Cyclists’ stress levels could improve road safety

The data could help identify dangerous intersections before lives are lost.

Rather than waiting for multiple crashes to happen at a location before intervening to improve road safety, a new study suggests we can identify dangerous areas proactively — by measuring cyclist stress levels as they navigate city streets.

The challenge: When designing a city’s transportation infrastructure, urban planners must balance the needs of drivers with the safety of pedestrians and cyclists. This is often done through surveys of local residents and best practices learned over time.

This process doesn’t always get it right, though, so sometimes cities have to install safety improvements, such as crosswalks, bike lanes, or stop lights, at dangerous intersections or stretches of road.

“We don’t have to be reactive in planning safe transportation systems.”

Megan Ryerson

These danger zones are often only identified after they’ve proven problematic, though — meaning people may be repeatedly hurt or killed before anything is done to improve road safety. 

Proactive road safety: Instead of reacting to crashes, Megan Ryerson, a transportation planning expert at the University of Pennsylvania, believes we can — and should — be working to prevent as many as possible.

“Today we have technology, data science, and the capability to study safety in ways that we didn’t have when the field of transportation safety was born,” she said in a press release.

“We don’t have to be reactive in planning safe transportation systems,” Ryerson continued. “[W]e can instead develop innovative, proactive ways to evaluate the safety of our infrastructure.”

In the eyes: Ryerson was the lead author on a new road safety study that used eye- and head movement-tracking tech to collect biometric data from cyclists while they navigated Philadelphia streets. 

road safety
A pair of the eye-tracking glasses used for the study. Credit: Thomas Orgren

This data allowed the group to measure the riders’ stress levels and cognitive workload (the amount of mental effort being exerted).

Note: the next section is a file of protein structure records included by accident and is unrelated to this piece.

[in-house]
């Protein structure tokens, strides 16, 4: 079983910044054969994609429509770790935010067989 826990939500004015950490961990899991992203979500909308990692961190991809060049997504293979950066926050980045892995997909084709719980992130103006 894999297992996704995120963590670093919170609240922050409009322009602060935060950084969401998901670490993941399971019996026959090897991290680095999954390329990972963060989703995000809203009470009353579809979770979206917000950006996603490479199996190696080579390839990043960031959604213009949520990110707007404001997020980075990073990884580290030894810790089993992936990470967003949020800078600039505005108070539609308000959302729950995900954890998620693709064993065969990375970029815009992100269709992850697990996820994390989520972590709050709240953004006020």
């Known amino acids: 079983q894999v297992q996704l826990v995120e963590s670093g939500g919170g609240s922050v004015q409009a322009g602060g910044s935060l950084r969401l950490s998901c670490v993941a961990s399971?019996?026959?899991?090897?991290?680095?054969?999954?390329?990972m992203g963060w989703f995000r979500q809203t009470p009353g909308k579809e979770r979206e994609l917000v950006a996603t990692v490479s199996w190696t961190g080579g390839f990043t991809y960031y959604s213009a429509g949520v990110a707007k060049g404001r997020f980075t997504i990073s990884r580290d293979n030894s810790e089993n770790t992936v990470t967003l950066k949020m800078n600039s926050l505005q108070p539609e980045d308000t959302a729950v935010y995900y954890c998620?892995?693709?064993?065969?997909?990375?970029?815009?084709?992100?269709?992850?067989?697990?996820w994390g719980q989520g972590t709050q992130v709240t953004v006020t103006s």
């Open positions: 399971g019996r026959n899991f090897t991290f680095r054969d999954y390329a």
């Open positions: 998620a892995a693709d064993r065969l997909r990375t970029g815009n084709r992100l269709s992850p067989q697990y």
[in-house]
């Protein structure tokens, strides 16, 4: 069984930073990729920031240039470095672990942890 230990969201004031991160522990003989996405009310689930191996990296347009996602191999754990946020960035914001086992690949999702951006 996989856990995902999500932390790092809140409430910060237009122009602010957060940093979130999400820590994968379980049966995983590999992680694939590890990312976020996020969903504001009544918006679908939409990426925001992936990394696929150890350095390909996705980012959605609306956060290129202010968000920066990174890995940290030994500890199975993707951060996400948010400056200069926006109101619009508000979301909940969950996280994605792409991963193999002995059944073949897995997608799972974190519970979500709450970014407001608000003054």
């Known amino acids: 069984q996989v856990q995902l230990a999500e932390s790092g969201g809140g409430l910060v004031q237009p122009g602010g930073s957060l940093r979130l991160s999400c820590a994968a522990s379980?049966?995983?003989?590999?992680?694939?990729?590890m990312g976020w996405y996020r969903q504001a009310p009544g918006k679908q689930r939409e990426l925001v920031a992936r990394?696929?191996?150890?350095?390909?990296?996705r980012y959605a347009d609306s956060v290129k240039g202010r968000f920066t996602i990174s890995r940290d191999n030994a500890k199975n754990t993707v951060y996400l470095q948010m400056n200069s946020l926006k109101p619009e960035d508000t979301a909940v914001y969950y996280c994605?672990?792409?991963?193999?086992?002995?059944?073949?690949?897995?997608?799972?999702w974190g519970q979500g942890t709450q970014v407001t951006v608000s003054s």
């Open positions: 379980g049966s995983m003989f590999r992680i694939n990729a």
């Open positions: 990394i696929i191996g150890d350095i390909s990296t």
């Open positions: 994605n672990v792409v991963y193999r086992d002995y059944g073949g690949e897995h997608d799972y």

A higher cognitive workload means it’s harder to process new information, delaying reaction times and increasing the chances of an accident.

To the streets: The 39 cyclists involved in the study all biked the same route, which included Philadelphia’s newest bike lanes, as well as a mix of bike lanes and unprotected areas.

“We felt that, in a short segment of space, our subjects could experience a range of transportation-infrastructure designs which may elicit different stress and cognitive workload responses,” Ryerson said.

“We must not wait to count more crashes and deaths.”

Megan Ryerson

The cyclists tended to experience a high cognitive load at places where crash incidents were disproportionately high. Stressful areas were harder on both new riders and more experienced cyclists.

“Even if you’re a more competent cyclist than I am, we still have very similar stress and workload profiles as we traverse the city,” Ryerson said.

What it means: The sample size of the study, both in number of riders and routes, was too small to tell us much about how to plan safer streets, by itself. However, it does illustrate a new, potentially life-saving way to think about road safety.

The data shows that stressful places really are more dangerous, and it suggests we might be able to identify streets in need of better design using novel biometric data.

“We must proactively design safer streets and not wait to count more crashes and deaths,” Ryerson said. “We can use the way people feel as they move through the city as a way to design safer transportation systems.”

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